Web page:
Angelina’s Jolie’s “Maleficent” — a Fairy Tale with Great Depth

Published March 23, 2015 by Maryanne

maleficent_aAngelina Jolie as Maleficent

Okay, so I’m a little late on the “Maleficent” band wagon. I’m a busy lady, what can I say? So last night as my husband and I settled down to relax, he suggested “Maleficent” as it was On Demand.

I said “Sure,” as I’m always one for a wicked fairytale.

NOTE: CONTAINS SPOILERS, don’t read if you haven’t seen yet.

Then I was more than pleasantly surprised as the storyline developed. A movie, produced by Angelina Jolie, was much more than a fairytale … it was an empowering movie for women. Kudos to Jolie for not only doing a wondrous job acting (her best since “Gia” in my little opinion) but directing too and bringing an important message to young girls: True love exists, but not overnight.

As a young fairy, Maleficent quickly learns the evils of the world, as her love bubble bursts after Stefan, her first and only love, screws her over in order to advance himself in his career. He not only leaves her, but takes her wings to become king.

Maleficent becomes bitter and even more so when Stefan, now King, has a child — born not out of love but out of greed. Maleficent puts a curse on the child that on her 16th birthday, she will fall into a deep sleep and never wake up.

Stefan begs Maleficent for mercy and Maleficent softens the curse, that the child will wake up if kissed by true love. However, the curse is not so soft, as Maleficent, in her bitterness, believes there is no true love.

Stefan sends his child, Aurora, to live with the fairies, so they could protect her until after her 16th birthday. During this time, the fairies don’t do such a great job and Maleficent ends of caring for the child. It’s inevitable that she falls in love with the child — a child she once hated. And the child sees her as her “Fairy Godmother.” As a side note, one of the fairies blessed the child with happy days and to never be blue. (The child is played by Elle Fanning. And earlier by Eleanor Worthington Cox, and Angelina’s own child, Vivienne Jolie-Pitt. Young Maleficent is played by breathtaking beauties Ella Purnell and Isobelle Molly.)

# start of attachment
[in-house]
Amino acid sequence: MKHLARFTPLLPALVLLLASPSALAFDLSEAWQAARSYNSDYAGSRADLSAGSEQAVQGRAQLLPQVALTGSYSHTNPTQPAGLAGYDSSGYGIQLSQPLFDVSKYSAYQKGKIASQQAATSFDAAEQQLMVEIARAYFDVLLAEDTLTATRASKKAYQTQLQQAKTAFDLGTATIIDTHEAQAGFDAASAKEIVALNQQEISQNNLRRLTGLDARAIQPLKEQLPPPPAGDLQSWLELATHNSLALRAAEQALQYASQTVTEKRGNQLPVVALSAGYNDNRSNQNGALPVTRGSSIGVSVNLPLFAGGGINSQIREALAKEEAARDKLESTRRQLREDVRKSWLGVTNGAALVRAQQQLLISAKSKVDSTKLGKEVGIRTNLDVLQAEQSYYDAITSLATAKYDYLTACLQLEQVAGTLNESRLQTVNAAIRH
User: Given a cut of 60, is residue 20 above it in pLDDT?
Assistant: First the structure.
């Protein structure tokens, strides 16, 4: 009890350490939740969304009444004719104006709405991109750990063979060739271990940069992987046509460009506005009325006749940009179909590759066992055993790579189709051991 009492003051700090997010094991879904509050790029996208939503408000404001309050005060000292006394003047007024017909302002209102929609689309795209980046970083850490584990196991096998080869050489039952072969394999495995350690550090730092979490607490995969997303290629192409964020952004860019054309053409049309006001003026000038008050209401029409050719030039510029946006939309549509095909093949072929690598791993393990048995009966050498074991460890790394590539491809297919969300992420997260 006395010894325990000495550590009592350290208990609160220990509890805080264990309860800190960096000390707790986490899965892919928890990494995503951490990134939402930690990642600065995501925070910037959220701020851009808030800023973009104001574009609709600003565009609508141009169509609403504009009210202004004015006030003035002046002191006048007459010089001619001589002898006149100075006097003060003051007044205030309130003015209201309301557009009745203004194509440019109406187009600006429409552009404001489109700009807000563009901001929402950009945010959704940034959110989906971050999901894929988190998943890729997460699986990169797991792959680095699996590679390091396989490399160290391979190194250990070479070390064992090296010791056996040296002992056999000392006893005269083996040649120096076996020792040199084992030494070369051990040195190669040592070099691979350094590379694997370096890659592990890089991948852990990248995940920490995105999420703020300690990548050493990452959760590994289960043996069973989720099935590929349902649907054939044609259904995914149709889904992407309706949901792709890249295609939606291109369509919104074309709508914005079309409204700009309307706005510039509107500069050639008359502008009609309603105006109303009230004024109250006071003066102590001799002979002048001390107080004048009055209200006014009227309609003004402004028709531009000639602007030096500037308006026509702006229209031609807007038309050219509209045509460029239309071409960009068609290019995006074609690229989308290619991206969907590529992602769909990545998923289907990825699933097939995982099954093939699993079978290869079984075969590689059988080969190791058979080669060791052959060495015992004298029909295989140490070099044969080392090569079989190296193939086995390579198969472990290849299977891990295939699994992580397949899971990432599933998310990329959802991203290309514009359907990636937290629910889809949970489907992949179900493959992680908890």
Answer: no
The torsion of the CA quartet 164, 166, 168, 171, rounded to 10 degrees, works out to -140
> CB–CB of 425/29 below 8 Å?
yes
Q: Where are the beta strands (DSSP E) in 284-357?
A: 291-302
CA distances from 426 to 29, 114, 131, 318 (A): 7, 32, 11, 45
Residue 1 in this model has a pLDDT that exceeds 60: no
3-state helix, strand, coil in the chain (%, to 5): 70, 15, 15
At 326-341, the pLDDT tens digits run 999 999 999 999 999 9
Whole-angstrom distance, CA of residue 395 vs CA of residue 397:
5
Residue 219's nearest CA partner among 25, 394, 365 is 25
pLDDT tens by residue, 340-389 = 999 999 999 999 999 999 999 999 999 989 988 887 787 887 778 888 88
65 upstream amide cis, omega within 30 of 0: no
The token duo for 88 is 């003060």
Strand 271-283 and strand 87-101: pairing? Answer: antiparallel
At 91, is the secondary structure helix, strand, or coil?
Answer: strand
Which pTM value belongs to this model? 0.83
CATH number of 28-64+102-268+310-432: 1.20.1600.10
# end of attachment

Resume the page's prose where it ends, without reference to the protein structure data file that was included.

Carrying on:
And after Aurora falls asleep on her 16th birthday, it’s not the prince who awakens her, but Maleficient, illustrating the true, unconditional love between mother-figure and child.

Though the fairytale does have a happy ending, and Aurora does reunite with the prince, who you imagine eventually does love her.

I absolutely loved this spin on the fairytale, illustrating that true love is not infatuation and that it takes time. It also shows how love can soften the most broken heart and how there is good in all of us.

And there’s even more.

You can read just how deep Angelina Jolie’s version of the story is on Wikipedia: http://en.wikipedia.org/wiki/Maleficent_%28film%29

It’s a haunting, enchanting tale that will stay with you a very long time. The vulnerability Jolie expresses as Maleficent is priceless. The visuals are stunning. And the cast is perfect!

3 comments on “Angelina’s Jolie’s “Maleficent” — a Fairy Tale with Great Depth

  • Good review. Glad to find someone else who enjoyed the film. I really liked it too. We’ve had a lot of fantasy epics over the past few years. Many of them are guilty of being bloated and overlong. I didn’t have that problem with Maleficent and furthermore, I actually enjoyed the performances and characters. It seems a sequel has been green-lit. I’d happily revisit this world.

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